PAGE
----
Trope Talk: Uncomfortable Dinner Conversations

So, as I work on The Unnamed Romance Novel Project, I realized that as a writer, I have tropes that are always going to show up in my books, regardless of genre. And one of those tropes, probably the one I use most consistently, is the “Uncomfortable Dinner Conversation.”

We all have some image already in our mind. We’ve probably been at one, and whether we were part of the drama that made things awkward or were just enjoying it with our meal, it always leaves us feeling somewhere between awkward and dirty.

As a few examples, in Liam’s Doom, Sam is having breakfast one morning while working on a case when her estranged father makes an appearance at the B&B where she’s staying. That one was fun to write, as I got to use her actions (slicing the tip of the sausage off with one stroke of her knife) to convey more about her emotional state when seeing him (and his belief that he should be obeyed without question), than the words they spoke, and even those words were filled with anger, bitterness, and spite. In Carmilla’s Ghost, the uncomfortable conversation occurs after Sam and Carmilla have a huge fight and have gone days without speaking to each other. At dinner, they speak around and near each other but not to each other. It was a challenge, as I wanted to convey both anger and hurt as well as longing and desire. I won’t talk about It Hungers or Crossroad Blues yet, as those books haven’t been released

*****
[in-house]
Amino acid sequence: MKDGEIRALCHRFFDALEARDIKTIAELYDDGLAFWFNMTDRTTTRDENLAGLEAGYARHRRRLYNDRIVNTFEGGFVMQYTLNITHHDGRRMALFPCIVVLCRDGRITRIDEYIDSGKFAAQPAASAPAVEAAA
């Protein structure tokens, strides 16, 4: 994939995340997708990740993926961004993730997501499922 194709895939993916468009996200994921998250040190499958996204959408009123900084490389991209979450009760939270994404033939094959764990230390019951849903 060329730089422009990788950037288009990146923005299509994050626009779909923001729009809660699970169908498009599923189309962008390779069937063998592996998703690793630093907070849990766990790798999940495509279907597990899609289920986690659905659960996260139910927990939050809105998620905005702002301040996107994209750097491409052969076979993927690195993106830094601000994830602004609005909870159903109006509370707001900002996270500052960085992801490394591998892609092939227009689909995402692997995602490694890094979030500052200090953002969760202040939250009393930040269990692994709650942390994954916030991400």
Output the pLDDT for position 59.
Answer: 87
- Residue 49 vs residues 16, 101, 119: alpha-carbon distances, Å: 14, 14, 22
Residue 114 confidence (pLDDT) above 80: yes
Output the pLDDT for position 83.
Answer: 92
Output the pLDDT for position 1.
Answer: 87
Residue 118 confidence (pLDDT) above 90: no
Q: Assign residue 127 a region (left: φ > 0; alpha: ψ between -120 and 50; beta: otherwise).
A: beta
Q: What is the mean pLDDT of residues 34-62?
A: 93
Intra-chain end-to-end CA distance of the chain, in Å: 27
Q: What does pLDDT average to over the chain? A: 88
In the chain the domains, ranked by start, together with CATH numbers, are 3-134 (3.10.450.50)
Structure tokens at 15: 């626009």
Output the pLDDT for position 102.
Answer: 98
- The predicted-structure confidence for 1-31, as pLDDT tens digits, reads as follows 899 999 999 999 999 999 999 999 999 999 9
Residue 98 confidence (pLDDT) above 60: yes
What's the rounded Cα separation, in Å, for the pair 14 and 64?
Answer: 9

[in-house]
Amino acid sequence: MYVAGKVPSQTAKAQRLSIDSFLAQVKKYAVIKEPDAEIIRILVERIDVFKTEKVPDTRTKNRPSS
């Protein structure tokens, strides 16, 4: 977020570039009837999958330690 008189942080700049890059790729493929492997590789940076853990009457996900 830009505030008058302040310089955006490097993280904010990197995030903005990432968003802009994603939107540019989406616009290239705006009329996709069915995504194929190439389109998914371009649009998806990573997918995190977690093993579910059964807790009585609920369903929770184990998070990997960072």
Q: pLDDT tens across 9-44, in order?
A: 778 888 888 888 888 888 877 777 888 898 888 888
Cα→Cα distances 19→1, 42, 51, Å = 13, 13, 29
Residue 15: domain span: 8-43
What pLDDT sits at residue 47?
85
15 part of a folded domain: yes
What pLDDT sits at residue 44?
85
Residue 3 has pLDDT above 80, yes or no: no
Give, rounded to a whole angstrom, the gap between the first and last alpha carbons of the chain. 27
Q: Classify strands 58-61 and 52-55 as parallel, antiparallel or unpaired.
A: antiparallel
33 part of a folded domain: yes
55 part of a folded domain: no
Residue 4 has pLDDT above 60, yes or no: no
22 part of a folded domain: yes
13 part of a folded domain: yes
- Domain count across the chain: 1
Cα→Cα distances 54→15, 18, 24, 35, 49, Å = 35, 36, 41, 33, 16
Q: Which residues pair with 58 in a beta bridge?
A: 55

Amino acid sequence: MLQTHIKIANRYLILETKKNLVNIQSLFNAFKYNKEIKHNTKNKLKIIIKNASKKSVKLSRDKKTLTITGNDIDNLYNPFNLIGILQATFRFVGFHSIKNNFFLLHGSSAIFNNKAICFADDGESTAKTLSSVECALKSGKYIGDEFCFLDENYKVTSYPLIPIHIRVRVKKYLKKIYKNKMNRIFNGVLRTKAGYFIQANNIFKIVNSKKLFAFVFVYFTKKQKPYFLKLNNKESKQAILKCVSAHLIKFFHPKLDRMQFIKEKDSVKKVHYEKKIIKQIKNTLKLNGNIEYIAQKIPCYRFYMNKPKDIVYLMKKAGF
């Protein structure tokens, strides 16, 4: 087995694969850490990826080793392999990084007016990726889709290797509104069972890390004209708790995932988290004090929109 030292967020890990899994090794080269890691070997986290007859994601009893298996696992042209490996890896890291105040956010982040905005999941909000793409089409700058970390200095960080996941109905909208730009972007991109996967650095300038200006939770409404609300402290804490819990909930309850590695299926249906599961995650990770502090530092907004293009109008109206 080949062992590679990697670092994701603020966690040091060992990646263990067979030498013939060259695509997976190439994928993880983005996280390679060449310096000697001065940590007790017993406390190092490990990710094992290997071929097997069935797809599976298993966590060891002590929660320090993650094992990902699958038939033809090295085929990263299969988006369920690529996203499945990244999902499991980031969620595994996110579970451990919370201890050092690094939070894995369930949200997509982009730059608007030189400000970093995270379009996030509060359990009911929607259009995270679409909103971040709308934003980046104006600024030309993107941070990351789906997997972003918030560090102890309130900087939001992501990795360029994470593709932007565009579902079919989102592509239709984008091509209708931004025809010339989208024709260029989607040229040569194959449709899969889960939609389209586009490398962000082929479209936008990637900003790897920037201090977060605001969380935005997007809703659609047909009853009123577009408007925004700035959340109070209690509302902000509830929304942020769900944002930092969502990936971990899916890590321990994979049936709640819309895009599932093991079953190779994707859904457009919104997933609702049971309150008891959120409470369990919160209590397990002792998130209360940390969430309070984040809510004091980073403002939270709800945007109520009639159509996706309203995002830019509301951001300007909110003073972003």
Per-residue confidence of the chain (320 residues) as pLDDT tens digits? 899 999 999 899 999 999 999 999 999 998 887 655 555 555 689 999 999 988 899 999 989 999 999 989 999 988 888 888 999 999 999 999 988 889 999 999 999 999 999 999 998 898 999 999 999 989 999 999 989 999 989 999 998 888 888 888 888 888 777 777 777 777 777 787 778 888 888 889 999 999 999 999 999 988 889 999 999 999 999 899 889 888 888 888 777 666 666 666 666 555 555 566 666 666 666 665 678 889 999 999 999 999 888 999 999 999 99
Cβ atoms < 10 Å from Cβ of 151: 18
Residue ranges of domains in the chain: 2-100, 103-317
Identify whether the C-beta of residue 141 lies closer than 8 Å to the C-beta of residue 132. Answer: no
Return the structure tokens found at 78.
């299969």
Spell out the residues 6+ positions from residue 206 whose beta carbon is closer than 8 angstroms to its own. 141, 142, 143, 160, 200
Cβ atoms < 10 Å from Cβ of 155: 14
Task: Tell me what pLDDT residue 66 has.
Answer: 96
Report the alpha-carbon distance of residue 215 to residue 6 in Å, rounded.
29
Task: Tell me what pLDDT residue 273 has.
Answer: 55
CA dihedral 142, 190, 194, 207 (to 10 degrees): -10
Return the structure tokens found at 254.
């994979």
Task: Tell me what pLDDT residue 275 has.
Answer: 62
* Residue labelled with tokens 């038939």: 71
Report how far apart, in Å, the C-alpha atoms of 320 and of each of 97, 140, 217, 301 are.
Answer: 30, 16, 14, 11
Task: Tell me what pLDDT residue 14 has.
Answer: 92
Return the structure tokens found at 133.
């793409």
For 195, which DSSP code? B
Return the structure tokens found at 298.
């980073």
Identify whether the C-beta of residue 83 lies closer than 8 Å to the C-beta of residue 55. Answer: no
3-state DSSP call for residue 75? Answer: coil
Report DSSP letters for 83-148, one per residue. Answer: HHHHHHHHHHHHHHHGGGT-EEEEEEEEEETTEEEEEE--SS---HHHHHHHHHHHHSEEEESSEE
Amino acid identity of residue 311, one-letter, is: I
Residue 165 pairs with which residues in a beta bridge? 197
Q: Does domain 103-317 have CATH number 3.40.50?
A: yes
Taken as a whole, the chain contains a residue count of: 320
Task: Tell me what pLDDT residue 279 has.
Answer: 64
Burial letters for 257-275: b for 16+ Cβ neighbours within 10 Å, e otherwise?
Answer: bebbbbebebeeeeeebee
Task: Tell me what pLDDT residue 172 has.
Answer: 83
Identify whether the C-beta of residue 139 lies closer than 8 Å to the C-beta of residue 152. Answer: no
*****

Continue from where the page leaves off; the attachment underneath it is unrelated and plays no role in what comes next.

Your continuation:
Now, for The Unnamed Romance Novel Project, the uncomfortable dinner scene is a first date. So, I’m trying to balance writing a cute, romantic scene with all the awkwardness and nervousness that we (or at least I) feel on a first date. There is a similar situation in Blood/Lust, which details Sam and Carmilla’s initial meeting. I won’t spoil that for those who are curious.

But that’s a motif I use frequently. For the longest time, I wondered why. I hate awkward and uncomfortable dinner conversations. I tend to shrink beneath the table and try to duck out without being noticed. And yet, here I am, forcing all my main characters to suffer that which traumatizes me. I’m cruel like that to them.

There’s no deep, philosophical point to make here. This is just something I’ve started noticing as I write.

Writers? What tropes and/or recurring scenes do you put in your novels?

Promotional Hype

My debut novel, Liam’s Doom, is on sale at all major and minor retail outlets from Amazon to Barnes & Noble to Bookshop.org. I request that you support Bookshop.org, as their site supports local and independent bookstores. The eBook is available at Amazon, Barnes & Noble, and through my webstore.

Carmilla’s Ghost is now on sale. The paperback version is available all major online retailers, including AmazonBookshop.org and at Barnes & Noble. Currently, eBook pre-orders are only available at Amazon and through my webstore.

It Hungers (formerly Stone Cold), the third book in the series is currently available for pre-order as an ebook on Amazon. Paperback preorders go through my website and will all be autographed! The book will officially release on 3 May 2022.

My prequel novel, Blood/Lust is also available as an Amazon exclusive. Starting this Sunday, Blood/Lust will be free to purchase on Kindle for five days!